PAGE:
• The field of Disease Modifying Therapies is currently very alive with excitement and we want it to be this way so that more much needed funds for this area will pour into our sector. But it would be naïve to think that these meds are for everyone, indeed they are for a small percentage of the population so far and that percentage needs a confirmatory diagnosis which, as we said, is not available to over 70% of the population globally  
  • In addition, there have been noticeable splits in the scientific community on efficacy and safety and there is definitely confusion in patients who can see from the press a solution in reach only to be told by their doctors that it isn’t really there, or for them.  
  • And regulatory approvals in some part of the world and not others means creating a world of have and have nots where the rich can fly to areas where the treatment is available to them and the poor can’t.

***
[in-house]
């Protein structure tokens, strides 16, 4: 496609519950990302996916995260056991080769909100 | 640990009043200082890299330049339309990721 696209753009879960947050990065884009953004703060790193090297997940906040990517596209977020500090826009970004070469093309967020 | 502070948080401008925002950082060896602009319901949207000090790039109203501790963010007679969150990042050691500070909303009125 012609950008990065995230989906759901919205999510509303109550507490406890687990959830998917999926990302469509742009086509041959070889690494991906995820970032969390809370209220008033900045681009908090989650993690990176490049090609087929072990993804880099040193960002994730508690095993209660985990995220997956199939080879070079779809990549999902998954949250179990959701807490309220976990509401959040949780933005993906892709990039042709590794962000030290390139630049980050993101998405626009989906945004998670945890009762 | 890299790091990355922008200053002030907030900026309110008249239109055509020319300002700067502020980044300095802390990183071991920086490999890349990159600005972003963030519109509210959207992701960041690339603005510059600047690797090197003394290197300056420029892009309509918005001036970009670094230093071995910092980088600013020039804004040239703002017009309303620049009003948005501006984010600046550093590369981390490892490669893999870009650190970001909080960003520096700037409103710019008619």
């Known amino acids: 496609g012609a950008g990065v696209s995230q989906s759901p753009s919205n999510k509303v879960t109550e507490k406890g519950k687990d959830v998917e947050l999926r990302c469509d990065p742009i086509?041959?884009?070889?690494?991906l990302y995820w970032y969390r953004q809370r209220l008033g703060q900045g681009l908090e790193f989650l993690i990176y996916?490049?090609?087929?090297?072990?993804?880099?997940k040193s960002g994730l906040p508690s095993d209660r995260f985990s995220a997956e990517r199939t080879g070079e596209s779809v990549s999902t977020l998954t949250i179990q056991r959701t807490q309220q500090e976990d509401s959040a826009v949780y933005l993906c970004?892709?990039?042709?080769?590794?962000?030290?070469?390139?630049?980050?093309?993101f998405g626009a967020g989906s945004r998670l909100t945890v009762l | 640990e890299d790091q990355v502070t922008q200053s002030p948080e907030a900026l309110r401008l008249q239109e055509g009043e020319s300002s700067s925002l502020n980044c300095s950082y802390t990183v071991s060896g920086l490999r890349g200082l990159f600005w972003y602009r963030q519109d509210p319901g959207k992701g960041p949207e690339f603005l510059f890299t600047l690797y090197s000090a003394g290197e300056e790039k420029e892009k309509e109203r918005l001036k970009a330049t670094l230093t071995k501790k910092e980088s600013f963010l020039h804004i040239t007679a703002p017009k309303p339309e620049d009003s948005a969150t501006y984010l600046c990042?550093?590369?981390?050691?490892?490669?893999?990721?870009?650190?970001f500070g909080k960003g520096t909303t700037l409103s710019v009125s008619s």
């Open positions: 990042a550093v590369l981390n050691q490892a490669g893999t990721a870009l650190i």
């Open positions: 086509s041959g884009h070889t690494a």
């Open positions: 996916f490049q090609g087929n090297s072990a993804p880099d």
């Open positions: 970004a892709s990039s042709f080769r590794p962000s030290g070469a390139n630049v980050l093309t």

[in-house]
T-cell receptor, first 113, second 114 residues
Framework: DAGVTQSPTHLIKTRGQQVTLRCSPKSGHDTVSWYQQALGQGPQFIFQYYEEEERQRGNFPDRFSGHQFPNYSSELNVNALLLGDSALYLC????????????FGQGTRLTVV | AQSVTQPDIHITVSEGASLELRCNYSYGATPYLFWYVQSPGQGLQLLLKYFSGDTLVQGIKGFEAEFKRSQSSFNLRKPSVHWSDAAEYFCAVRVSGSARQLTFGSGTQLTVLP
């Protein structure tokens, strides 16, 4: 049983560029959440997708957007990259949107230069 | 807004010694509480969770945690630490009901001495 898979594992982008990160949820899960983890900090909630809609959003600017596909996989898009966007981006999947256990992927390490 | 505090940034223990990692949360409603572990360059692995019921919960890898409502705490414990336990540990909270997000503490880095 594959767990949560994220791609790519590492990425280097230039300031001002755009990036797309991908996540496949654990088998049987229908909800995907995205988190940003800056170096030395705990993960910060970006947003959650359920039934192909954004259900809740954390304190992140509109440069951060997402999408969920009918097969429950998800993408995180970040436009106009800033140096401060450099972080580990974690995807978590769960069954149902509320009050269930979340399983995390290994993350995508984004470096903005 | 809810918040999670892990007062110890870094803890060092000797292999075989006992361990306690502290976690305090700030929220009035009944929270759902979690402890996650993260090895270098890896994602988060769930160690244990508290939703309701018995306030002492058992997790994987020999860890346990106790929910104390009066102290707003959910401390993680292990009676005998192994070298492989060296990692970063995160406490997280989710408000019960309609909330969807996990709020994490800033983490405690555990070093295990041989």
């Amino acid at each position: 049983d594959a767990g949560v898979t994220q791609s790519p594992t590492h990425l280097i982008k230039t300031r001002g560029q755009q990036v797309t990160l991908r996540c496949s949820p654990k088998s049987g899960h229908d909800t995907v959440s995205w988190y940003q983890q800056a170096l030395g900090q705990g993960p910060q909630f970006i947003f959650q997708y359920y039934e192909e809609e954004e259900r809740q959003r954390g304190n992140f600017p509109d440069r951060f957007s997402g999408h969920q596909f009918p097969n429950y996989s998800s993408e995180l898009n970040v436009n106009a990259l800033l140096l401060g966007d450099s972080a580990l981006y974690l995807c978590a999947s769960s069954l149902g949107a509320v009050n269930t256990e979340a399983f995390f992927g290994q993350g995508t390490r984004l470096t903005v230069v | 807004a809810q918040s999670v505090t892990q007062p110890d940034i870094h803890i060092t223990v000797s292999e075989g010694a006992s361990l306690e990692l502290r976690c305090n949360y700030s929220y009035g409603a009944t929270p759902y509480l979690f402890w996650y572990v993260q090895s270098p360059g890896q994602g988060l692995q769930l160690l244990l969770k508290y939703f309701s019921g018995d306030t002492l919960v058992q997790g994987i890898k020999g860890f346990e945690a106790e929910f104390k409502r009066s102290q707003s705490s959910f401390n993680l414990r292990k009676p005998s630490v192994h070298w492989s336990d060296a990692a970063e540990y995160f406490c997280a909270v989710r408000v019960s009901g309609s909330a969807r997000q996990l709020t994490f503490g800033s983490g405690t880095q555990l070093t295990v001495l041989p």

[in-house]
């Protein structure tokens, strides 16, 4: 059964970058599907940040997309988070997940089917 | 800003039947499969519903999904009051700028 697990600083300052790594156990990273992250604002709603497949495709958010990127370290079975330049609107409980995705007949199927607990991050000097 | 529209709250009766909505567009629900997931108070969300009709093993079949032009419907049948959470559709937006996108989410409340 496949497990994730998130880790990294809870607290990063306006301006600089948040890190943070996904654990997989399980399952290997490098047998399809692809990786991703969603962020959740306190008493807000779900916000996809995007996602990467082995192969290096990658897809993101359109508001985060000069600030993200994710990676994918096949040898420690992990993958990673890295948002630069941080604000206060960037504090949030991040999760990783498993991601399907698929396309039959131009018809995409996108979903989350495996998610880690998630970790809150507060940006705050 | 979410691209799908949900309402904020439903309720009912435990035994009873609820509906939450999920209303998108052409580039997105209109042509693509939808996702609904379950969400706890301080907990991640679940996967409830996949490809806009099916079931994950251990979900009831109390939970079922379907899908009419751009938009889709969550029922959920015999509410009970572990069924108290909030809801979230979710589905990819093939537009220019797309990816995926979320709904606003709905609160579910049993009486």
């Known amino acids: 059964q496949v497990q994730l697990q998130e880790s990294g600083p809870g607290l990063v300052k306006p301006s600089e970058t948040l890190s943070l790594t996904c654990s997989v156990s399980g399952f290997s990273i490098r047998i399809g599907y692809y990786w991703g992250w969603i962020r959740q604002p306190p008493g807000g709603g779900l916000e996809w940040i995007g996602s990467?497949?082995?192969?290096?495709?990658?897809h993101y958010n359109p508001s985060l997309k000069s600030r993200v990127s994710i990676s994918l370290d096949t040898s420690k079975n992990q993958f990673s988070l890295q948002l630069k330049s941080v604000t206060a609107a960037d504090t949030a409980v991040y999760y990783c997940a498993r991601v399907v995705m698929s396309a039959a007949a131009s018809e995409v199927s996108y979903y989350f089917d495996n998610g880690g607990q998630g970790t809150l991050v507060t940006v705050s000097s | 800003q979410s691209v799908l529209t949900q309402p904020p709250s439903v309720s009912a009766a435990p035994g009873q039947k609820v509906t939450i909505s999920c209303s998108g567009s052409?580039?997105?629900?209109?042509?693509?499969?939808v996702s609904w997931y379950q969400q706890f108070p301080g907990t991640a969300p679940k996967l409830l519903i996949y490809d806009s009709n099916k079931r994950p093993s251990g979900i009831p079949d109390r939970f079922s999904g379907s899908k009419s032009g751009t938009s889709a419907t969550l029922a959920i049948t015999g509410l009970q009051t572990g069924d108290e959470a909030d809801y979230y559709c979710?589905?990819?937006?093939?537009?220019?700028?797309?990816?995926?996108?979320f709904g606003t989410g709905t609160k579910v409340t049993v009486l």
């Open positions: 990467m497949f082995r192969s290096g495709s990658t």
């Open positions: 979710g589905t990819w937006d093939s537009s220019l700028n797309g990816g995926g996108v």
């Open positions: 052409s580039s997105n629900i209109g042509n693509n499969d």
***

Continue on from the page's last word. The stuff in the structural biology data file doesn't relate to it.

• There is also the issue on whether our community is being discriminated against, the cost of these meds can be very high, that’s for sure, but why should cancer patients have risky infusion available to them but not our community. We have written to the CMS and now the EMA along these lines and it will be interesting to see how this plays out, although I am told these kind of issues have been common whenever medications in areas previously untreatable get launched.  

In the care sectors there have been giant strides in research, it is really heartening to see the difference that good care can make and many of you here today will be telling us more in the course of this conference. But there are still big issues that require addressing. Migration of healthcare workers, for example, is becoming a big topic, in particular after covid. There are huge human costs around it too, it was heartbreaking to hear of the suicide rates of migrant care professionals from Nepal for example at a recent WHO and NHS webinar.